In the adhesive vocabulary, the term “wetting” refers to the ease with which an adhesive can intimately contact and spread over a given substrate. There are a variety of forces (ionic, static, polar, van der Waals etc.) acting between the adhesive and the substrates that ensure good bonding. Good wetting provides a larger area of contact where these forces may act. Consequently, good wetting is crucial for good bond formation.
The degree of wetting of any given substrate can be attributed to the surface tension or the critical surface energy of the substrate and the adhesive. As a general rule, for good wetting, the critical surface energy of the substrate should be higher than the critical surface energy of the adhesive.
A substrate with higher critical surface energy is wetted-out more readily as compared to a substrate with a lower energy. For example, metals like Aluminum or Copper have a higher critical surface energy and wet more easily as compared to substrates like Polyethylene or PTFE. The surface energy of a standard epoxy is approximately 40-50 mJ/m2. The table below provides the critical surface energy values for some of the most widely used substrates:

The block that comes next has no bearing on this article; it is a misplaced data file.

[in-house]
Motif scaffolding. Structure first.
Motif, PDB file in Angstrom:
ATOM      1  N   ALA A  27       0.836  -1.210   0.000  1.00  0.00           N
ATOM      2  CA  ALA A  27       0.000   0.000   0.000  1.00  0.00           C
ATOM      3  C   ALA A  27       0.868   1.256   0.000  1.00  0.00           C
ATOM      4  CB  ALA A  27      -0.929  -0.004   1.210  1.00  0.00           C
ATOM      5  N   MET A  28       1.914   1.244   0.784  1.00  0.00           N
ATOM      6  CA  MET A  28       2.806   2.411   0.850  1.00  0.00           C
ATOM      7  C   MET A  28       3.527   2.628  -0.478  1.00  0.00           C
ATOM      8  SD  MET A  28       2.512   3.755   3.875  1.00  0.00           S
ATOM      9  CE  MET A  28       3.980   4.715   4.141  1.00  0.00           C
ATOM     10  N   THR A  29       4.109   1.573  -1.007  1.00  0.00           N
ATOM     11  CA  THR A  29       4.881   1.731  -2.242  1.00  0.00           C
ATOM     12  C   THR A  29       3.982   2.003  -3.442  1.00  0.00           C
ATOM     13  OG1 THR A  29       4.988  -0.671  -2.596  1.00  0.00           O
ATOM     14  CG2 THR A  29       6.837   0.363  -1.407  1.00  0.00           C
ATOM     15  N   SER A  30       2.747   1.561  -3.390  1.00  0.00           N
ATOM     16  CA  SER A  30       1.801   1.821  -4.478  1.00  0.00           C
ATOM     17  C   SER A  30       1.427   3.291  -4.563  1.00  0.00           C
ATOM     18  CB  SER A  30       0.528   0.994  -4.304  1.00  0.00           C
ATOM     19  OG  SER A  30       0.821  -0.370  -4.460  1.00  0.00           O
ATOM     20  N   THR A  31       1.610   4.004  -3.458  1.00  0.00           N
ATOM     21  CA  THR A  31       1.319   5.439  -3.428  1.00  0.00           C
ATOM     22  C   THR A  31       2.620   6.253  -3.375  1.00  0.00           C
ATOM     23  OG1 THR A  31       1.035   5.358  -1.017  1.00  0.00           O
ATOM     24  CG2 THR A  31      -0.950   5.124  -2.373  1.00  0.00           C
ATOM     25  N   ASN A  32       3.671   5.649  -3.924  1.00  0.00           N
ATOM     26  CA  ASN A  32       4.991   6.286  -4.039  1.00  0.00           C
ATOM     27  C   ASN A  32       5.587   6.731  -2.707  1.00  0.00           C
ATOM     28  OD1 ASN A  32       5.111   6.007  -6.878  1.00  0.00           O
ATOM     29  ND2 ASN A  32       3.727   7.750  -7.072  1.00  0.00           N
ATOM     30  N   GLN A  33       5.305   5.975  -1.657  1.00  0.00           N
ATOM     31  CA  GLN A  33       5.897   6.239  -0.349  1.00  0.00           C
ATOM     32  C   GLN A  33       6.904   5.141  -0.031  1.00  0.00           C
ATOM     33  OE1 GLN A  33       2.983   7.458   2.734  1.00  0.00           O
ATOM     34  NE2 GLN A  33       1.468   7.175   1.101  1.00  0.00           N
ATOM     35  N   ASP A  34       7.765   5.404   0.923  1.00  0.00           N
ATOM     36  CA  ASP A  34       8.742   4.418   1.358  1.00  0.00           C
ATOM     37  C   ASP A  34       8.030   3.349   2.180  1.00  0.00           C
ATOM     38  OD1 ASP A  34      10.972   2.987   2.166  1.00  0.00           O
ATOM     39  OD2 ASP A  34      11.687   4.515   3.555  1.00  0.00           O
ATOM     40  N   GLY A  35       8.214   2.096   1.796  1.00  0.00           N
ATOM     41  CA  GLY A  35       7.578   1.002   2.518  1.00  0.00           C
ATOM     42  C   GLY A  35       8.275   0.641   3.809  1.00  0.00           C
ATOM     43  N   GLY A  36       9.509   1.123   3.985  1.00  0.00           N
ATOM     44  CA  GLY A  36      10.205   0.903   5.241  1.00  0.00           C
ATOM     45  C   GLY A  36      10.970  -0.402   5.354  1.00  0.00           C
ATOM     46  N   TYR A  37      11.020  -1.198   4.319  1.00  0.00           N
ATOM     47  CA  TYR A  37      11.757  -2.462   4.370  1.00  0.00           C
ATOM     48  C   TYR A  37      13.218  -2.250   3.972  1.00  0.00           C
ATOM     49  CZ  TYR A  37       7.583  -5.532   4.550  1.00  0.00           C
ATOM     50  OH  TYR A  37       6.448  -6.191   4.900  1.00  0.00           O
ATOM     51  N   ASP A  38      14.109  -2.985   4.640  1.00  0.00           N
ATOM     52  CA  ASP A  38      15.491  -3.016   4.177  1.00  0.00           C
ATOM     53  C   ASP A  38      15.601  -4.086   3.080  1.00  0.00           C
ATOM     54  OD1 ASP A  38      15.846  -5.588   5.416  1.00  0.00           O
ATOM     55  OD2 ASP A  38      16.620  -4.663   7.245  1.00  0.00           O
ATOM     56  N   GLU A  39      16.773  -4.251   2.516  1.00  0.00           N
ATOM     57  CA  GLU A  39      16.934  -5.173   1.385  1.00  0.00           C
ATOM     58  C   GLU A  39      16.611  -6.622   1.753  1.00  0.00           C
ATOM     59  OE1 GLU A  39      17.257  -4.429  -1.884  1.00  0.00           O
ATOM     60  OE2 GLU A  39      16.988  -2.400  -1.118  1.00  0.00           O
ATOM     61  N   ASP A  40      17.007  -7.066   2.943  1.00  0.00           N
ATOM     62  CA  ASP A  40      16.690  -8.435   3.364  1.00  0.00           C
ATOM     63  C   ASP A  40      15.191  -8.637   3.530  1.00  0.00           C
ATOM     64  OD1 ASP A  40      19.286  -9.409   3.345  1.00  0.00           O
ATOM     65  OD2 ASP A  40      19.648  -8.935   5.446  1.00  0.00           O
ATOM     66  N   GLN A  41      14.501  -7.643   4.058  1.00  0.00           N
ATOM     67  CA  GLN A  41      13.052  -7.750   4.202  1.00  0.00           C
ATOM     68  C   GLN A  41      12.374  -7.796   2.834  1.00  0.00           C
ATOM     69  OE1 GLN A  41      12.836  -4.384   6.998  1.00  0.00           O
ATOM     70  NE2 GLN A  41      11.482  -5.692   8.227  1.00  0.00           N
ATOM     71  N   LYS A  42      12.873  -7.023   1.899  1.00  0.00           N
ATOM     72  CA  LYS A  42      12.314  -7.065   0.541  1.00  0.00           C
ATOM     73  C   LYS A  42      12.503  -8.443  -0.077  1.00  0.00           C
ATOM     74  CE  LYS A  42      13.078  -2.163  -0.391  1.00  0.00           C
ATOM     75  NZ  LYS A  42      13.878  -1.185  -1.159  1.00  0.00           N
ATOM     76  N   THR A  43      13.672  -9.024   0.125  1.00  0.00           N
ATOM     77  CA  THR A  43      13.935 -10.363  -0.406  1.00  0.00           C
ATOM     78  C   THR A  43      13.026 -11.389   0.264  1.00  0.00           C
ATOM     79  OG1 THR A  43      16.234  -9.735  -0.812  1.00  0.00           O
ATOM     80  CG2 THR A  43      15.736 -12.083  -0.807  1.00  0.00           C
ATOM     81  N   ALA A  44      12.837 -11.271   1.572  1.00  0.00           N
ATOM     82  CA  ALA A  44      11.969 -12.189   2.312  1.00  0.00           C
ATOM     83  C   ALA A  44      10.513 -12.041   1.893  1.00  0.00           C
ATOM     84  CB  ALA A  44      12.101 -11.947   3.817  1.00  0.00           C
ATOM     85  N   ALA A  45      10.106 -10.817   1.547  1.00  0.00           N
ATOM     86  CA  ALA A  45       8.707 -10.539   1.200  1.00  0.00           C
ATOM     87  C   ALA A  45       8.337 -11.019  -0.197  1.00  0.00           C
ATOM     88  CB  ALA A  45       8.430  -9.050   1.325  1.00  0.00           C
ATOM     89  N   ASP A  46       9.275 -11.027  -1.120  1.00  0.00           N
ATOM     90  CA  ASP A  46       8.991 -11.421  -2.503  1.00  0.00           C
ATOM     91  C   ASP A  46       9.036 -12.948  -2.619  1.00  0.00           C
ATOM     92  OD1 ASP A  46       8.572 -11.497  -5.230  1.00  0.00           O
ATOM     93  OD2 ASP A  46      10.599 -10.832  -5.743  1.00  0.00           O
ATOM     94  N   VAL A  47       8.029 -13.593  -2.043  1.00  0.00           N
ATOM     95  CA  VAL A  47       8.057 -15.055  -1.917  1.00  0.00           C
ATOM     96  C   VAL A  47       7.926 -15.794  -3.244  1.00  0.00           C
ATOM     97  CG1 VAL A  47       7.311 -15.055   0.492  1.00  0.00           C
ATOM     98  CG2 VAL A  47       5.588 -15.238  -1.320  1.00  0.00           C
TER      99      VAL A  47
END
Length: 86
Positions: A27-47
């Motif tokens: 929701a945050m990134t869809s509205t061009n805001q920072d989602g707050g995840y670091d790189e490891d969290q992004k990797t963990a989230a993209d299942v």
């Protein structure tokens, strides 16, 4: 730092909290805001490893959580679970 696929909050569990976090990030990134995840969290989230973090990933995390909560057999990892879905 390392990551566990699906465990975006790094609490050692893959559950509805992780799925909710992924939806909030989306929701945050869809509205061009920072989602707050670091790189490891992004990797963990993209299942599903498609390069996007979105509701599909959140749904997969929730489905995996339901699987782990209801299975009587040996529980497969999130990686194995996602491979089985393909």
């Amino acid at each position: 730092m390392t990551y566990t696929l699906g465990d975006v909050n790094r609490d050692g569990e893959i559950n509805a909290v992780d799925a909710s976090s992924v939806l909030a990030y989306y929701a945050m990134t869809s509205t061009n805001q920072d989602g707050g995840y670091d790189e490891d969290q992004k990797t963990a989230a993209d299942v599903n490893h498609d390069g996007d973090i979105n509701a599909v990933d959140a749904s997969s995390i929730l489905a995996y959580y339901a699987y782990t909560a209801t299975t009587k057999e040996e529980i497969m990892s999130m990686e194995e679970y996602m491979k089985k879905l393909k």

|Substrate||Critical Surface Energy mJ/m2|
A good way to assess whether a surface can be wetted effectively or not is by spraying distilled water over the surface and measuring the contact angle between the water bead and the surface. The relation between the contact angle and the surface wettability is illustrated in the figure below.
The low critical surface energy of epoxies makes them a distinguished choice for use as adhesives for a variety of substrates. Master Bond custom formulates an array of adhesives that offer excellent adhesion, wetting and physical strength for bonding a number of similar and dissimilar substrates. Additionally, good surface preparation helps improving the wettability of a substrate, which in turn improves the bond strength.